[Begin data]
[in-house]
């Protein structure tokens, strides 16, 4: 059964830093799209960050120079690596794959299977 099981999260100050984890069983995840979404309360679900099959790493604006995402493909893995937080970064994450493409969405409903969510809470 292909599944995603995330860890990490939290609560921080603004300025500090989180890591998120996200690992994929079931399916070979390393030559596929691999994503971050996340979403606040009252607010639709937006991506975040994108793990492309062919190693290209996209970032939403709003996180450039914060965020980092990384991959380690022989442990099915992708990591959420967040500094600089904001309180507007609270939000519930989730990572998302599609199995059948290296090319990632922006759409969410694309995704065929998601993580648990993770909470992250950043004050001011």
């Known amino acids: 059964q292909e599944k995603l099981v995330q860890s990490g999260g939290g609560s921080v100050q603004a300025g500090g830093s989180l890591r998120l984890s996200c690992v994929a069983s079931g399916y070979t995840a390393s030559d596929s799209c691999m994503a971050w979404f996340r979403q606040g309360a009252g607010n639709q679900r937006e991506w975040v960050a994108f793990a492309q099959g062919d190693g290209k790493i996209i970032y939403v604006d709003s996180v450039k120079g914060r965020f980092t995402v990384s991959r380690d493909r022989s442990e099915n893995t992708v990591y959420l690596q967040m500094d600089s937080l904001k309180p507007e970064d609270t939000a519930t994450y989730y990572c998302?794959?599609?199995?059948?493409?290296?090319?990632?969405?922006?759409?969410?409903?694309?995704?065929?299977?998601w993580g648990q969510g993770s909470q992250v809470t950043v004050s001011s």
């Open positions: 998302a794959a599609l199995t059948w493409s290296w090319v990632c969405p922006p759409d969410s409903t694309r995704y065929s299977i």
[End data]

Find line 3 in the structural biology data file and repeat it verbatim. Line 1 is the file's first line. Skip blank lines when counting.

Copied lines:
């Known amino acids: 059964q292909e599944k995603l099981v995330q860890s990490g999260g939290g609560s921080v100050q603004a300025g500090g830093s989180l890591r998120l984890s996200c690992v994929a069983s079931g399916y070979t995840a390393s030559d596929s799209c691999m994503a971050w979404f996340r979403q606040g309360a009252g607010n639709q679900r937006e991506w975040v960050a994108f793990a492309q099959g062919d190693g290209k790493i996209i970032y939403v604006d709003s996180v450039k120079g914060r965020f980092t995402v990384s991959r380690d493909r022989s442990e099915n893995t992708v990591y959420l690596q967040m500094d600089s937080l904001k309180p507007e970064d609270t939000a519930t994450y989730y990572c998302?794959?599609?199995?059948?493409?290296?090319?990632?969405?922006?759409?969410?409903?694309?995704?065929?299977?998601w993580g648990q969510g993770s909470q992250v809470t950043v004050s001011s």